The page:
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New York Jets Off the Clock: Sixth-Round Pick Cornerback Blessuan Austin, Rutgers
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18 May 2019 01:50 PM EST

-by Daniel Mogollon, Staff Writer; Image: New York Jets sixth-round pick Blessuan Austin breaks up pass. (Image Source: Rich Schultz/Getty Images)

The New York Jets had six picks in the 2019 NFL Draft, including three Day 3 selections. As we take the Jets “Off the Clock,” we’ll breakdown all six of their draft picks, concluding with their sixth-round choice:

Round 6; Pick 23 (196th Overall): CB Blessuan Austin, Rutgers

NY Jets Draft Checklist: Offense | Defense | Off The Clock: Quinnen Williams | Jachai Polite | Chuma Edoga | Trevon Wesco | Blake Cashman |

Measurables: In Austin, the Jets added a big-bodied cornerback. He’s 6’1” and 198 pounds, combining both ideal length and bulk for the position. With a 76 7/8” wingspan and 32 ½” long arms, he has the frame to play even bigger. His 10” hands are also extremely large for a cornerback. Coming off a knee injury, he only performed the bench press at the NFL Scouting Combine, waiting until his Pro Day to do the other drills. There he posted a subpar 4.65 40-yard dash with a 35” vertical jump and 10’3” broad jump, which was a strong number. Closer to the draft, Austin ran a 4.56 40-yard dash at his personal pro day.

Skill Set: When healthy, Austin could really ball. He’s not just long, he knows how to use his size very well, as he excels at getting his hands on the football. At Rutgers, he flashed his long speed, capable of running with receivers down the field, as well as the quickness to stay with them off breaks. His size allows him to flourish in press coverage and he has above-average ball skills.

Value: If not for a second ACL injury, Austin would have gone much earlier, possibly on Day 2 of the draft. So, while he was expected to go in the sixth-round range (or later) due to the injury, Austin has more upside than your typical late Day 3 selection.

Need: The Jets got worse at cornerback in the offseason and they weren’t very good to begin with. Yes, they added Brian Poole in free agency but allowed Buster Skrine and Morris Claiborne to walk. Unless Trumaine Johnson has a major bounce back season, the Jets could be very bad at the cornerback spot.   

Mogollon’s Pick: Offensive line is still on my mind and Ohio State’s Isaiah Prince (No. 202) would have been a very tempting prospect at his point in the draft. He feels like a boom-or-bust type, but how often can you select a potential starting tackle this late in the draft? His length and athleticism make the Buckeye a worthwhile risk.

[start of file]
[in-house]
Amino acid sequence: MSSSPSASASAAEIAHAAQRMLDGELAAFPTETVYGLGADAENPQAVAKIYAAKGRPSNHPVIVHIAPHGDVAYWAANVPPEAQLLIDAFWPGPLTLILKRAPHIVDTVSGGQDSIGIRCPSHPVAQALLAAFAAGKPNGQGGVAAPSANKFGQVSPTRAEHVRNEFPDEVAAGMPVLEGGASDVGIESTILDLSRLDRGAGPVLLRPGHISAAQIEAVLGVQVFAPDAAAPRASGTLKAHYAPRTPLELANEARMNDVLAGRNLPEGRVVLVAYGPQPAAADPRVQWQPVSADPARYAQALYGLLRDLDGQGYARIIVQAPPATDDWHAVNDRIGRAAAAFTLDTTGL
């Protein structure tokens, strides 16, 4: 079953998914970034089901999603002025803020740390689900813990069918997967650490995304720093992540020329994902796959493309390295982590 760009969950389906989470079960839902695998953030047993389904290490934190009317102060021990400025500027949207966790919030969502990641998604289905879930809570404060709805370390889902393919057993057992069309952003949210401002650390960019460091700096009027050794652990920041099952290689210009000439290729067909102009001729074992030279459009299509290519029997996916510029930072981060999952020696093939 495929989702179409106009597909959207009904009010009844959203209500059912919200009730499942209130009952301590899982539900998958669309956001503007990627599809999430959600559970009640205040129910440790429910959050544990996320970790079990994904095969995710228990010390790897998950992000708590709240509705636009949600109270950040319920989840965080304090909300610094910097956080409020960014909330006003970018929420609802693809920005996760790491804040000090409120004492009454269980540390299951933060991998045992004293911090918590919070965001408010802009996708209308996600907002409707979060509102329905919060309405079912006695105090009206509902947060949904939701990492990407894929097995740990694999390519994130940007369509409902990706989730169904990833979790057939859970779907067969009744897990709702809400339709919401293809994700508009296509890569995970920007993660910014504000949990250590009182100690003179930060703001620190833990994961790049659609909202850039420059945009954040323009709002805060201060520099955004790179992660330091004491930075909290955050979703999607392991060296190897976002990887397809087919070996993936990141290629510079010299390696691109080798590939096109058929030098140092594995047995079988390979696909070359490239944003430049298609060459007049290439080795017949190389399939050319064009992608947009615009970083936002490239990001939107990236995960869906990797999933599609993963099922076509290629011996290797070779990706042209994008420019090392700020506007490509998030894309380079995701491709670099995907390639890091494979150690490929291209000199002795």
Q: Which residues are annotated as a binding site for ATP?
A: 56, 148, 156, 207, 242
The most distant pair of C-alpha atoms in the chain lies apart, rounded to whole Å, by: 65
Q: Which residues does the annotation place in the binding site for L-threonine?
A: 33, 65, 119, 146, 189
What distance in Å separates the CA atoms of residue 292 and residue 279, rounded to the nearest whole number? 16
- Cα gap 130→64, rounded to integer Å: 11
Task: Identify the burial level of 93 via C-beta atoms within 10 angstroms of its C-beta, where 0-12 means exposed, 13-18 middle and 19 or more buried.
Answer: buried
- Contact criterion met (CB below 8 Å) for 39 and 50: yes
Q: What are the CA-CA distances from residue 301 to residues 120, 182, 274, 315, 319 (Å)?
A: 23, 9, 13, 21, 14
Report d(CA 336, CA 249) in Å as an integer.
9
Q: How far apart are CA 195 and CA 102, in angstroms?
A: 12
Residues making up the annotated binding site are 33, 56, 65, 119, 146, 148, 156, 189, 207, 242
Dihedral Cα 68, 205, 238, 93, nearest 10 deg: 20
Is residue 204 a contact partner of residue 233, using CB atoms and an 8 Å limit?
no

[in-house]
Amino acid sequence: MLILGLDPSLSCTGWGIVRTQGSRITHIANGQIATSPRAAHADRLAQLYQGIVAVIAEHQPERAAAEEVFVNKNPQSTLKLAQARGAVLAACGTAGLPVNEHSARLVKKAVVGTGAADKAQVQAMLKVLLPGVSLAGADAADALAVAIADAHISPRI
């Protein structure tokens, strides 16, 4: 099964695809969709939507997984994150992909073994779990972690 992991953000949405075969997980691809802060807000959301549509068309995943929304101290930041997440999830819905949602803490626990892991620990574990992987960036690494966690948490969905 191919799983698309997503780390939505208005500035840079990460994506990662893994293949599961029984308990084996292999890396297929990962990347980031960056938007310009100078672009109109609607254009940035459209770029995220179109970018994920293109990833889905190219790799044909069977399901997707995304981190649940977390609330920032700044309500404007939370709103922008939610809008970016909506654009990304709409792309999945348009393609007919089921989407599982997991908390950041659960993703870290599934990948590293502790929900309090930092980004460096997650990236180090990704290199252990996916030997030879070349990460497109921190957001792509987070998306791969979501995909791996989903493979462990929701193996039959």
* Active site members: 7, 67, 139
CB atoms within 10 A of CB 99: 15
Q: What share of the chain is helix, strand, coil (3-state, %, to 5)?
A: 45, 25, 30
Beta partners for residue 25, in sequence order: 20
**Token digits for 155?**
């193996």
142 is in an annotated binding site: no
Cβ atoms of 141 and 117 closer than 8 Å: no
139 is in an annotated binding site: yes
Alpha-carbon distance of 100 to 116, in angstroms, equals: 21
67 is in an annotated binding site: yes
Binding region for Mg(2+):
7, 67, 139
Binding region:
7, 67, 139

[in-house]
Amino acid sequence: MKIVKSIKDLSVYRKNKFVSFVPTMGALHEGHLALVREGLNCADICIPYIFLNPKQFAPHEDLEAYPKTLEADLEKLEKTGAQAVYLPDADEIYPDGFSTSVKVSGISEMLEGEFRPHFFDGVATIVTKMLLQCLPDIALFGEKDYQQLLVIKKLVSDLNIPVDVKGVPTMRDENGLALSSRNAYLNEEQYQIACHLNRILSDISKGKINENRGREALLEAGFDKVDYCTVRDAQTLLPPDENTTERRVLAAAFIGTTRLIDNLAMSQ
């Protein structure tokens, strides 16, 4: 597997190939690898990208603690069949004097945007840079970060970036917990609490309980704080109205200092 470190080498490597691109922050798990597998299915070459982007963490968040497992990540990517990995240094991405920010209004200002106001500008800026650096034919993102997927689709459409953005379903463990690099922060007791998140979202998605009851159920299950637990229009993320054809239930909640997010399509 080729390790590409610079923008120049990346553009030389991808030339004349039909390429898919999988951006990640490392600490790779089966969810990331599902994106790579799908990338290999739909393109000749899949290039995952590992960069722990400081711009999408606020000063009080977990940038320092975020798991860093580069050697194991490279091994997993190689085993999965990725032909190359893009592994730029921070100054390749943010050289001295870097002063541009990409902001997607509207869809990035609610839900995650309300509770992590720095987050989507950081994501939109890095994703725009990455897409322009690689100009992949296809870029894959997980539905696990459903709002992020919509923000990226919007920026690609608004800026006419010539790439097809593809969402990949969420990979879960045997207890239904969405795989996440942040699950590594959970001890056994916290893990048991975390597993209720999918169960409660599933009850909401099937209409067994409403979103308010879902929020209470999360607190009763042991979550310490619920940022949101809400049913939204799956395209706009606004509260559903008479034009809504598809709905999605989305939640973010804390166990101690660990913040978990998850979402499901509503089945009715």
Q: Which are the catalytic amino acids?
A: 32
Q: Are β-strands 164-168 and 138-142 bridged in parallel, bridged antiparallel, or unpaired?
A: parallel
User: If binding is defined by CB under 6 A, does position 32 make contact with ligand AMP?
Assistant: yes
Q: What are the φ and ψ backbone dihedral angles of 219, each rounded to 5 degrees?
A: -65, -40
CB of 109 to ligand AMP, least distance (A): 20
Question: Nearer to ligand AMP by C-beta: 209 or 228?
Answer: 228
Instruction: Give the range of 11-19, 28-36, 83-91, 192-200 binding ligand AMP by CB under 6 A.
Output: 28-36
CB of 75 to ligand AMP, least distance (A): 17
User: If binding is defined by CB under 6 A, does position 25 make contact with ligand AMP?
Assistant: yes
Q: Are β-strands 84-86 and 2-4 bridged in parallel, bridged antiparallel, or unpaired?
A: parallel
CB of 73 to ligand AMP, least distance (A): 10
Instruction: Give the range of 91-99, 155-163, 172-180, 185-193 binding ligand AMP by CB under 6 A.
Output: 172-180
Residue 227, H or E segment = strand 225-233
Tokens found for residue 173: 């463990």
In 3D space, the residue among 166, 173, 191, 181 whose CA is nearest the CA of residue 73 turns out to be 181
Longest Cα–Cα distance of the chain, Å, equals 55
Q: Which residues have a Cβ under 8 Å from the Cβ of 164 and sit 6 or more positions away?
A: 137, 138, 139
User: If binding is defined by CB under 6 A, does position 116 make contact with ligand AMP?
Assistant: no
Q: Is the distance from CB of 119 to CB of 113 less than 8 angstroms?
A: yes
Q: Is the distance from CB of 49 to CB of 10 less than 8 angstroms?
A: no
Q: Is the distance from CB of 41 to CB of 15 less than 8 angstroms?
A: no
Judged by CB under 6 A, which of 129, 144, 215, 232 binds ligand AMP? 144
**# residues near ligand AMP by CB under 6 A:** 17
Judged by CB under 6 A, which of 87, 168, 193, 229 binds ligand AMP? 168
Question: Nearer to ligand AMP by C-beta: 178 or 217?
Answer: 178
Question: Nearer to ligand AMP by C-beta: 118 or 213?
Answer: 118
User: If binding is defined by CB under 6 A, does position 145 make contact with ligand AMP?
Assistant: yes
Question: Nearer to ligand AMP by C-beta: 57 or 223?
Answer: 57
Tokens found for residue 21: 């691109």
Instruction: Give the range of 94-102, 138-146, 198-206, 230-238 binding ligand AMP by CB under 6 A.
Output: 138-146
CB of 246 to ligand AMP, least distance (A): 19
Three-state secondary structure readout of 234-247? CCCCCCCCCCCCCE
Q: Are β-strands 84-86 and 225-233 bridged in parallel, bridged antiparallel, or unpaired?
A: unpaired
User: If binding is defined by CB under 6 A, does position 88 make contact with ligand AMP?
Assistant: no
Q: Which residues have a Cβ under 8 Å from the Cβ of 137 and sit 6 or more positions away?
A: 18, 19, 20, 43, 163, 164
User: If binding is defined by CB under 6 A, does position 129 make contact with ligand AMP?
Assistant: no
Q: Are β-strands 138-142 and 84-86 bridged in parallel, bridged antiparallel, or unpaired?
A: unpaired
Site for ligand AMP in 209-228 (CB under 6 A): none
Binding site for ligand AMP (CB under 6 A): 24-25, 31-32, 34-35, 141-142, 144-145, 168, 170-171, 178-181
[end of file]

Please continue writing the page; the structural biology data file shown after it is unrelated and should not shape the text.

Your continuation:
Off the Clock (Rd. 1): 1-4, 5-8, 9-14, 15-20, 21-26, 27-32 | Defensive ROY Odds | NY Giants Checklist: Offense | Defense | 2020 Draft: No. 1 Pick Odds

Who Else Did They Pass Up? Other cornerbacks selected in the sixth round include Virginia’s Tim Harris (No. 198), Rashad Fenton out of South Carolina (No. 201), and Kansas State’s Duke Shelley (No. 205), although none of them bring as high a ceiling as Austin does. Other big names who went off the board shortly after Austin's was called are NC State wide out Kelvin Harmon (No. 206) and Oklahoma running back Rodney Anderson (No. 211).

The Fit: The Jets love his size and ability to play in coverage. Depth is needed behind Trumaine Johnson on the outside and some view Brian Poole as more of an inside cornerback. If he’s healthy, Austin will fit in just fine into New York’s defense.

2019 Outlook & Beyond: It’s hard to know what to expect from Austin this season, considering he’s coming off a second ACL tear at Rutgers. According to former general manager Mike Maccagnan, the sixth-round pick could start the season on the physically unable to perform list. Not only is his health an issue, but his progress leading up to his rookie season will be stalled. For that reason, it’s a very cloudy outlook on how much Austin can contribute in 2019. If healthy, he will compete for a backup role and look to earn a spot on special teams. Beyond this season, the Jets will have done well if they found a reliable backup this late in the draft with some hope that a healthy Austin can blossom into something more.

Daniel Mogollon is a member of the Pro Football Writers of America and the Football Writers Association of America. He is also a voter for the Thorpe and the Rotary Lombardi Award, as well as the Latino Sports MVP Awards. You can reach him via email: danmogollon@gmail.com.

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